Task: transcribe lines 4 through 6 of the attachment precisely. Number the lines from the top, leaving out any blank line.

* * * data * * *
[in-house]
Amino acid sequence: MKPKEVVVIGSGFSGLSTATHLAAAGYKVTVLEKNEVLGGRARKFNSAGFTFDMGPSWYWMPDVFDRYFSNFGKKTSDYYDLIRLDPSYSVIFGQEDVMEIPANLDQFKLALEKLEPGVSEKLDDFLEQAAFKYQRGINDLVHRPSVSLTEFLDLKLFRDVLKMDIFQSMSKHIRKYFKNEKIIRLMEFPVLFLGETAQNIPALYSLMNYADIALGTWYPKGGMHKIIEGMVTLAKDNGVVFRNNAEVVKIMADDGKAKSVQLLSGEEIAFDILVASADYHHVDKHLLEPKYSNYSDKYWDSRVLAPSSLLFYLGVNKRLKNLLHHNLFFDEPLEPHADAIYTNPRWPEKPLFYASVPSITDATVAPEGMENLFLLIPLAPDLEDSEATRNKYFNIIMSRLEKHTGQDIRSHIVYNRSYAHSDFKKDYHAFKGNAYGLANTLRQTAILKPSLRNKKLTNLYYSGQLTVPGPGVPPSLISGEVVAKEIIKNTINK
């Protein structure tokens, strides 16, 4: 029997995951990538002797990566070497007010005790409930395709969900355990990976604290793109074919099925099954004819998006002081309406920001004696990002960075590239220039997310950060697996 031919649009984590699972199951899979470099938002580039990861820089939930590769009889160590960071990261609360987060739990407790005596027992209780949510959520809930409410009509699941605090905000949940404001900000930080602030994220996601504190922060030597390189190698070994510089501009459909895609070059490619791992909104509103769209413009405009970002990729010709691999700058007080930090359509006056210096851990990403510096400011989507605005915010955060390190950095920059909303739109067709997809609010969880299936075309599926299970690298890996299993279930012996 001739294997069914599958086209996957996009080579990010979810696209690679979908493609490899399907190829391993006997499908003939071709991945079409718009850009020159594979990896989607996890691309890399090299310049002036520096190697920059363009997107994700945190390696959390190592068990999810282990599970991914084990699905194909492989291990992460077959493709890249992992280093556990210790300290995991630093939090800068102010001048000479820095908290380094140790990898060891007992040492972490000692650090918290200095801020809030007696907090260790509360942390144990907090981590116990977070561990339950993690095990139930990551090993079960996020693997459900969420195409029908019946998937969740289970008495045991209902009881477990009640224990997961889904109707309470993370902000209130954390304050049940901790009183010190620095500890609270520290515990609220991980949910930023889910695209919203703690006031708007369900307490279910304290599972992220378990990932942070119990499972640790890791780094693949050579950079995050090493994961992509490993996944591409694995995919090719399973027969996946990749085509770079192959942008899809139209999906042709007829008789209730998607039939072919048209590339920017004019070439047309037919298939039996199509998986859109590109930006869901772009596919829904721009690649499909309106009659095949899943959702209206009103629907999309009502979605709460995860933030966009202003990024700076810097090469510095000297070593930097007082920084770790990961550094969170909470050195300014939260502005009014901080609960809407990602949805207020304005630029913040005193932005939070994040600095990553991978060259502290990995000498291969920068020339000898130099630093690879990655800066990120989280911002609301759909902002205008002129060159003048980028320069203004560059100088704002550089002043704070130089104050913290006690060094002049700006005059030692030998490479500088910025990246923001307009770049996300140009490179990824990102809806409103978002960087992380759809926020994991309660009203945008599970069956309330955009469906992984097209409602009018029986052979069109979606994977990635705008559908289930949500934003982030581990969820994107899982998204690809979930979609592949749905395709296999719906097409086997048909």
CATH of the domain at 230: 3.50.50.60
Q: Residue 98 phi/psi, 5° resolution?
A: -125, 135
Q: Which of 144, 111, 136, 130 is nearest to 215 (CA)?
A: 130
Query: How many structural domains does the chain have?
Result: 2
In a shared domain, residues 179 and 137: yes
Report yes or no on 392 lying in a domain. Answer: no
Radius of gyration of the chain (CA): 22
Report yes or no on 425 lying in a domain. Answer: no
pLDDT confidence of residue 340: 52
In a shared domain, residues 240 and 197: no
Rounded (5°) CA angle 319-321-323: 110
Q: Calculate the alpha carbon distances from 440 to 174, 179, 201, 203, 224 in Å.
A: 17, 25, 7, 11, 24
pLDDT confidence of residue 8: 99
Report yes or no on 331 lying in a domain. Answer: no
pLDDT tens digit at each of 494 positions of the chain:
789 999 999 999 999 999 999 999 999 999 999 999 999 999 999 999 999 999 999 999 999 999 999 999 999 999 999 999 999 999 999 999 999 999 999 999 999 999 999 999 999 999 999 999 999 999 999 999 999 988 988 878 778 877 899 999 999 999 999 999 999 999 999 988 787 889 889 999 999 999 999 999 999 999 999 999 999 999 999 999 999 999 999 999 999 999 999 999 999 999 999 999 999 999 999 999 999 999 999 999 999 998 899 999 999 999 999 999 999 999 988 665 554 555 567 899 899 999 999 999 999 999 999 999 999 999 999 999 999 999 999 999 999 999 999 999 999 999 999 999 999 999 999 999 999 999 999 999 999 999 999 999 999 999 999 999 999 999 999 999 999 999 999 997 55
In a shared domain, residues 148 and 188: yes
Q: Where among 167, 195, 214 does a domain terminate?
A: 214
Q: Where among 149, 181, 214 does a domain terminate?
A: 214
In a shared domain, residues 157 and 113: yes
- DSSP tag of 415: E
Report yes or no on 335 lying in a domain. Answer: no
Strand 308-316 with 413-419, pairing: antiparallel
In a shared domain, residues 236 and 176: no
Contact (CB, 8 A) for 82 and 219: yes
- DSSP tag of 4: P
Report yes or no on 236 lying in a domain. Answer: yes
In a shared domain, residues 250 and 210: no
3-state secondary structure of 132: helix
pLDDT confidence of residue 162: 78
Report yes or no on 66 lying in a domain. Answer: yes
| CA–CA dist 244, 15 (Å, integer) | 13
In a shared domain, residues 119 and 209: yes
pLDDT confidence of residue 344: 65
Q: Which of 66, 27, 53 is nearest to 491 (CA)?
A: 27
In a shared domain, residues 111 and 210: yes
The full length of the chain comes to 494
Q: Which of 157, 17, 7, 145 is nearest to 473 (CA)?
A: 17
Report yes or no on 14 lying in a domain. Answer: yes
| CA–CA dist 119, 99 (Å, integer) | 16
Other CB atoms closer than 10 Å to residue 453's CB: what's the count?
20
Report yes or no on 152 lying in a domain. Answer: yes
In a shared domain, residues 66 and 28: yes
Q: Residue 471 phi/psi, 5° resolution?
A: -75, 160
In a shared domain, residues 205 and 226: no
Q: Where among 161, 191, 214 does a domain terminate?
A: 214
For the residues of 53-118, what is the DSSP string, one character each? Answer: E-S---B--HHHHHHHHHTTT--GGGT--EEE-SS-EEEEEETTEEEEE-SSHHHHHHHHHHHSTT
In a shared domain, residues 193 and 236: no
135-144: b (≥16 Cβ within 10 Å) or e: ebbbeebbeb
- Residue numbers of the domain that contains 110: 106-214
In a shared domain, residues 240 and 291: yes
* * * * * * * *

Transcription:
CATH of the domain at 230: 3.50.50.60
Q: Residue 98 phi/psi, 5° resolution?
A: -125, 135